China considering property restrictions for foreign buyers
China is set to tighten restrictions on foreign real estate investment, according to a statement from the Chinese Ministry of Commerce (MOC).
The MOC has asked local authorities to increase supervision on property investment involving foreigners and strengthen risk controls on the real estate sector.
The statement stipulates that foreign funded developers will not be allowed to make profits through buying and reselling real estate projects.
The MOC also stated that it would strictly monitor all transactions in conjunction with the Ministry of Land and Resources and the State Administration of Foreign Exchange.
There is also like to be more tax reforms relating to the real estate sector. China will expand a pilot property tax programme in 2012 while speeding up resource tax reforms, according to Finance Minister Xie Xuren.
Chinese officials have said a pilot property tax programme in Chongqing and Shanghai will eventually be extended to the rest of the country to help cool rising house price rises.
Debate over the country's property-market controls is increasing, as some government figures urge a partial loosening of restrictions in the key sector amid repeated statements by the central government that curbs must be maintained so as to bring soaring property prices down to more reasonable levels.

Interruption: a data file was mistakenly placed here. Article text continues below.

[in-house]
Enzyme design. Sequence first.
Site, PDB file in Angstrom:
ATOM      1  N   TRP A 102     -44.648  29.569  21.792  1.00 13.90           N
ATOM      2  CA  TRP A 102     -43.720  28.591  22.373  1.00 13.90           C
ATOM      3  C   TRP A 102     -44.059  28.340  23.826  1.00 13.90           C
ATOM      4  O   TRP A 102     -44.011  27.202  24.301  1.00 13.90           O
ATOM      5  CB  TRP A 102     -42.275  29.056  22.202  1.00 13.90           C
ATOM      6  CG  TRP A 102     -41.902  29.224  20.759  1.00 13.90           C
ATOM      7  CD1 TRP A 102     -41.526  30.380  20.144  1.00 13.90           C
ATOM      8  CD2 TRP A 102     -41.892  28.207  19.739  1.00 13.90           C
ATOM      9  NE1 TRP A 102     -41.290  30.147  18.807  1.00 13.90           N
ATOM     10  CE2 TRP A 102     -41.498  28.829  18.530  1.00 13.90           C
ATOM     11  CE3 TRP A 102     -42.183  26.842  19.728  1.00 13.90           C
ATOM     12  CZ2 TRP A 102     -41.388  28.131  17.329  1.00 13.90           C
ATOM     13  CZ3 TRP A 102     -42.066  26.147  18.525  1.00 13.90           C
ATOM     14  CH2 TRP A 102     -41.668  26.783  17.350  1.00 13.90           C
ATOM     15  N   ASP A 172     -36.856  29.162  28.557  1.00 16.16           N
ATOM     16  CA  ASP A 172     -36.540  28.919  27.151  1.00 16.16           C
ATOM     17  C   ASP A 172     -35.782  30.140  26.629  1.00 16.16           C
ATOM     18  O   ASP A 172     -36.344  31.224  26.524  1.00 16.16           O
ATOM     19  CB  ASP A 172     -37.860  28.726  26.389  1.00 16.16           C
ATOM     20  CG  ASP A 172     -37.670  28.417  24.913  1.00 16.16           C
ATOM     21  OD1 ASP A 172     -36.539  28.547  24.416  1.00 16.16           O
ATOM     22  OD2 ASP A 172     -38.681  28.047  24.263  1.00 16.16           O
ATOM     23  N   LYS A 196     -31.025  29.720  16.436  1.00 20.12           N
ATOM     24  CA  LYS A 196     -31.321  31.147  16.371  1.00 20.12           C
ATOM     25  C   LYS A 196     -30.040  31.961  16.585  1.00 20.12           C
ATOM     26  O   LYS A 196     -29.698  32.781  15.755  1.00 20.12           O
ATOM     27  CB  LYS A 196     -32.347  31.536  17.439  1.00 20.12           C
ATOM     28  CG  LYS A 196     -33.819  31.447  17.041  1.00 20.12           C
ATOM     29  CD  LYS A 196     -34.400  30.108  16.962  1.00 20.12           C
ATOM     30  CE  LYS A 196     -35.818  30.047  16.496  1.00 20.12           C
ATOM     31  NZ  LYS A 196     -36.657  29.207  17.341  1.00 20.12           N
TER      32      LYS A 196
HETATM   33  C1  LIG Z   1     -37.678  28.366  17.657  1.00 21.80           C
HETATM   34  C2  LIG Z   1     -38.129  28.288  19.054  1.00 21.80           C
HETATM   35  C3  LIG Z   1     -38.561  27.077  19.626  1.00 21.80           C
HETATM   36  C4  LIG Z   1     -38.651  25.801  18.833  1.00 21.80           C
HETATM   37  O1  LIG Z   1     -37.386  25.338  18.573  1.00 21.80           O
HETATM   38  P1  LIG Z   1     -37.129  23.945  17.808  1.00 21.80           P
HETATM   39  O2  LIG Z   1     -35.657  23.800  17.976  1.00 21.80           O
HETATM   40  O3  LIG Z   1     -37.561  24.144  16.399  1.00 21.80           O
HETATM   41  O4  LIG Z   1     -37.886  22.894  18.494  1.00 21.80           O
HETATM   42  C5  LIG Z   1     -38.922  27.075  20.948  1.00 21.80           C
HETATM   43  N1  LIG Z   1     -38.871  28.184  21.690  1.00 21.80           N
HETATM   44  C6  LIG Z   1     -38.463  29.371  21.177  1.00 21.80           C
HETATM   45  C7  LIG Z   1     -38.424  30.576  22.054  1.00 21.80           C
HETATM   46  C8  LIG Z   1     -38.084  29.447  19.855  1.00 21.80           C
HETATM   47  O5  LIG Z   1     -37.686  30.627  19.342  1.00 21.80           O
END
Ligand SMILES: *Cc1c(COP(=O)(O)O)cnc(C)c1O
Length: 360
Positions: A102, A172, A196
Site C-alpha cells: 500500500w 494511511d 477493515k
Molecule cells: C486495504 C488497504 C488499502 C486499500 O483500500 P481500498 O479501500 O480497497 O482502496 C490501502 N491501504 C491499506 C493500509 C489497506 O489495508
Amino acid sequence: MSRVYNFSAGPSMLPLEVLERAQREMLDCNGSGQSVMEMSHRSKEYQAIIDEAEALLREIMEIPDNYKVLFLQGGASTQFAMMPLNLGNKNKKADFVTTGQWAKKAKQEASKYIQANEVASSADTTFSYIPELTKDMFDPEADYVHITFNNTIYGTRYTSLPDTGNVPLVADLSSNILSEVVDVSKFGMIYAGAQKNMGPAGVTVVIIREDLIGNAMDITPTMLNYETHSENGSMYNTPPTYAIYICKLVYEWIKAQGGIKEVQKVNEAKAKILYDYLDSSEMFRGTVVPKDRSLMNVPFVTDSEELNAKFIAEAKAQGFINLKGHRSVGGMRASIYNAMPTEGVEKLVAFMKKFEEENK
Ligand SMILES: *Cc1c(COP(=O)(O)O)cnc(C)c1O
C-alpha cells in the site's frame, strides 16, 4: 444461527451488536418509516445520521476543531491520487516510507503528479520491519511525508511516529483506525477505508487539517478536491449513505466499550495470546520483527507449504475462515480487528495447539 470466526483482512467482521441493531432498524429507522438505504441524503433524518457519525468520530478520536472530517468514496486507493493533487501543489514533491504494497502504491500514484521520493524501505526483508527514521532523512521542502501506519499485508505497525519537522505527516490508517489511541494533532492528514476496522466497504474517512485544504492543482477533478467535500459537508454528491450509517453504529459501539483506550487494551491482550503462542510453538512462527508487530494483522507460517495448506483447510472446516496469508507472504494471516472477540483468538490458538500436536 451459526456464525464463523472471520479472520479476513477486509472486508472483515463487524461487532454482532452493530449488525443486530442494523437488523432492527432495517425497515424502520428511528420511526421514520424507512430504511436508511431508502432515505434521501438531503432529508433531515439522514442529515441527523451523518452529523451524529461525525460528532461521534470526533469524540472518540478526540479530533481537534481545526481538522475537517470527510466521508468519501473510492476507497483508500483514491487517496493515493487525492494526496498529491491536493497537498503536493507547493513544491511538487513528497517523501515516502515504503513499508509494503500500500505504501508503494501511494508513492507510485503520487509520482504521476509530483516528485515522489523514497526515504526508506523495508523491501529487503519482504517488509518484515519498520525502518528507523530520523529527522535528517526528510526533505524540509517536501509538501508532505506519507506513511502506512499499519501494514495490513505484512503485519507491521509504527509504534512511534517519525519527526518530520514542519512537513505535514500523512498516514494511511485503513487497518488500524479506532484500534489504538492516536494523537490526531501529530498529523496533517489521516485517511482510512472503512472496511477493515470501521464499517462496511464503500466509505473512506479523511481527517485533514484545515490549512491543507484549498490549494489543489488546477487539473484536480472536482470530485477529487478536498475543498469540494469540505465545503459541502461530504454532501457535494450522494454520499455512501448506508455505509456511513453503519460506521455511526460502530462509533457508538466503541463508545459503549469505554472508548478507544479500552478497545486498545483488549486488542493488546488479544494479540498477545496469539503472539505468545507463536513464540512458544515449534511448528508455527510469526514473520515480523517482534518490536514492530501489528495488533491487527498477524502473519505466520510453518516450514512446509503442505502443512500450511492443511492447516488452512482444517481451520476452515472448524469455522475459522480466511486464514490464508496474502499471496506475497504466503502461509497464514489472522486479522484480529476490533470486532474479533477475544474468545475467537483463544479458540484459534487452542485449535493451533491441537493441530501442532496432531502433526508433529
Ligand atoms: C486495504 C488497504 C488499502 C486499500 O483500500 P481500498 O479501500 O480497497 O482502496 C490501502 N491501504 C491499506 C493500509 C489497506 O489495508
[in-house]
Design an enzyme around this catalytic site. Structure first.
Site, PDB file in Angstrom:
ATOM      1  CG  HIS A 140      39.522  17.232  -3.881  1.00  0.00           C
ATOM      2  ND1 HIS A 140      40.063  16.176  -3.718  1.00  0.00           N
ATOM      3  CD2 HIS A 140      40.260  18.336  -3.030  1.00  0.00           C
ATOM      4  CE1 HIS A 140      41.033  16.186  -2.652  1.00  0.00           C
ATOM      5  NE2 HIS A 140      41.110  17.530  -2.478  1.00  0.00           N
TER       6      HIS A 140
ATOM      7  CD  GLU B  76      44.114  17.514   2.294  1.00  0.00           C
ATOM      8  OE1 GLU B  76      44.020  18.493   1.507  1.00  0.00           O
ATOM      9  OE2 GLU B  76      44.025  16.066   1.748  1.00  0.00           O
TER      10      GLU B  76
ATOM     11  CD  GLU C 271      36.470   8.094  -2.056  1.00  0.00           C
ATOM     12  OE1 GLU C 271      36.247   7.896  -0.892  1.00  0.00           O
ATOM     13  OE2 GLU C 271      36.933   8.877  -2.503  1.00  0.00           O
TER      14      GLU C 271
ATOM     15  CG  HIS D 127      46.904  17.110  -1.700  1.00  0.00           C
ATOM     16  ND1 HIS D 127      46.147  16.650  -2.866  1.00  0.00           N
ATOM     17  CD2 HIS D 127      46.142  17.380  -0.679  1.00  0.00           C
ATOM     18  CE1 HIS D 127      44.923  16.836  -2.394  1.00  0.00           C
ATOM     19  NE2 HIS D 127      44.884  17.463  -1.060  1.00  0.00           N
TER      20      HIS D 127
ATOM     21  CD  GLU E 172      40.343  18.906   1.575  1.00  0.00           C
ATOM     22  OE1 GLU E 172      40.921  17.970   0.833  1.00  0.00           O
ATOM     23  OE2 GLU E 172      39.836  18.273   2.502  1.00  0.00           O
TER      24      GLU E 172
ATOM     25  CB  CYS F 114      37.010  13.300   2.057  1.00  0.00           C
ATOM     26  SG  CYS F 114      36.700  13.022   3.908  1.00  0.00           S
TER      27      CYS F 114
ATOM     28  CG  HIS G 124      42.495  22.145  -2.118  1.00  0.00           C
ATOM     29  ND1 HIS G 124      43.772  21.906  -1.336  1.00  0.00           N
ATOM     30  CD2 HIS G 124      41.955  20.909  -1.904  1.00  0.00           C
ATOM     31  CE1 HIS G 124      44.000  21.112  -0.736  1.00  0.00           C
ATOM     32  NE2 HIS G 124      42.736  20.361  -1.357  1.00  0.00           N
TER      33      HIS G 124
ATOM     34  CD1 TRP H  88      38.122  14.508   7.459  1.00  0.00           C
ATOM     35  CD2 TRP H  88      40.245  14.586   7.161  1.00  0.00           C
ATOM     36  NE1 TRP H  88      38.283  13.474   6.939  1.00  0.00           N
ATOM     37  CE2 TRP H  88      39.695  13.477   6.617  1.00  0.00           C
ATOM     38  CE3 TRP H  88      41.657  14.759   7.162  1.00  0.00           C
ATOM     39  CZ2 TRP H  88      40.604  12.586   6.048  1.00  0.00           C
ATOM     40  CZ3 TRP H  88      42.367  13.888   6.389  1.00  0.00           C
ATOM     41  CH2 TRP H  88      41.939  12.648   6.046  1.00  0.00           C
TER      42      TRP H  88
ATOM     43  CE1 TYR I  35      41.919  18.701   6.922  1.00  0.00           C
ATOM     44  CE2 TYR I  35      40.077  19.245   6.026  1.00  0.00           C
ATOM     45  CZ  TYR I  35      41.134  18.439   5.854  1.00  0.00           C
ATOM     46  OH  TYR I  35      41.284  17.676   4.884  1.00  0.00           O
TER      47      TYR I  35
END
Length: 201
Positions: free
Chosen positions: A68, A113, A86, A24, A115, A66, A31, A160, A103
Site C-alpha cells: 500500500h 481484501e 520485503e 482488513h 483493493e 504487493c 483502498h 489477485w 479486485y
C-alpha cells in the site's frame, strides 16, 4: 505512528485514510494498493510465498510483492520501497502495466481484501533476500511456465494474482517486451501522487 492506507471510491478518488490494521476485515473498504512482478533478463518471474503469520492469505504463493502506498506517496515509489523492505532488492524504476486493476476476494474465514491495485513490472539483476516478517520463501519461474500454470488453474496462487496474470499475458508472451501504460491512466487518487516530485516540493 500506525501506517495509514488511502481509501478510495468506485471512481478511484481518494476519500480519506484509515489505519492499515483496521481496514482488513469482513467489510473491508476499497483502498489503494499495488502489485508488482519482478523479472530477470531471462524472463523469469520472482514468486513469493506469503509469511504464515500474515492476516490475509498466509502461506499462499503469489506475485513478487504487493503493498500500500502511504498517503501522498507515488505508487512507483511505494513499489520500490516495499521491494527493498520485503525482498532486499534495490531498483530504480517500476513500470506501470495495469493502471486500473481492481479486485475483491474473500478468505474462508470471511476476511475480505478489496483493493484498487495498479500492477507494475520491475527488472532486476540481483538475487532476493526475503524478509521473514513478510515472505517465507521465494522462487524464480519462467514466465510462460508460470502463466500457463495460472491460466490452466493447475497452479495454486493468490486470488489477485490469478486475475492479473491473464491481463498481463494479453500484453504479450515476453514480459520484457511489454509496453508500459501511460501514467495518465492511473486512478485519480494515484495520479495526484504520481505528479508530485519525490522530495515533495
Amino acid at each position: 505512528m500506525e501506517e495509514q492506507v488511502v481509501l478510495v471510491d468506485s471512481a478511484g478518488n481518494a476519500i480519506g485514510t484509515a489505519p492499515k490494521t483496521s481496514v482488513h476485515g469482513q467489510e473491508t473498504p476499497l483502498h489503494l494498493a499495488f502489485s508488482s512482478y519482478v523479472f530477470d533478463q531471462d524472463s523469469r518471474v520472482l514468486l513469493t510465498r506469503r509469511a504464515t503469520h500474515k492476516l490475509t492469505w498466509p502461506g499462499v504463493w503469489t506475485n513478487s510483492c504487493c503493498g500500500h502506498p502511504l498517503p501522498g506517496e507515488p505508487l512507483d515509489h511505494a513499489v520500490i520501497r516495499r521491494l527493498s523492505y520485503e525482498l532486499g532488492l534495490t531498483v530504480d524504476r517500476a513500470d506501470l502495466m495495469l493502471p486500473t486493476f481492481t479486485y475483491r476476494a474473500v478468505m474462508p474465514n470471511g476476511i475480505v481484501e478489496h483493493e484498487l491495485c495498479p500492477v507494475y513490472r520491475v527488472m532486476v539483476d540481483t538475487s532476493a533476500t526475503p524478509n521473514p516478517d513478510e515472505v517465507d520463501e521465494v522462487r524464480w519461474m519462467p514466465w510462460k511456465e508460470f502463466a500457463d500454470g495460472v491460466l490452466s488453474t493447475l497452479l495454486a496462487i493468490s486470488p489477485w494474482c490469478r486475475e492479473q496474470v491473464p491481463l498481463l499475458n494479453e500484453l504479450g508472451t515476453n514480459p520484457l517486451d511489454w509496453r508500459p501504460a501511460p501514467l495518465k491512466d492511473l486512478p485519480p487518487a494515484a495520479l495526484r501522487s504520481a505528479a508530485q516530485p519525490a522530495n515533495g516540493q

While Beijing, Shanghai, Qingdao and Haikou have decided to extend home purchase limits and continue property tightening measures this year, other local governments are mulling measures targeted at aiding first time homebuyer demand while maintaining an overall tight stance, the newspaper said.
Local governments, which depend on land and property sales for tax revenue, aren't keen to carry out the tightening measures because of the resulting lower revenues due to weaker land prices and housing sales.
The measures include limits on home purchases, higher down payment requirements for people buying additional homes, stricter mortgage rules and restrictions on financing for developers.
But property sales have declined substantially in major cities from a year ago, and average property prices in China fell month on month in November for a second consecutive month as Beijing's two year old tightening campaign started to bite.
In October, Foshan in southern China's Guangdong province reversed a decision it had made to partially ease its property purchase restrictions, highlighting the struggle between the central and local governments.
China's prospects for economic growth in 2012 depend on whether the country can maintain stability in the property market, making government property controls necessary, China Business News cited Long Guoqiang, director general of the research department of the Foreign Economic Relations Development Research Center of China's State Council, as saying Thursday.
The stakes are high for Beijing to strike an appropriate balance, as property construction is a major contributor to economic growth in China.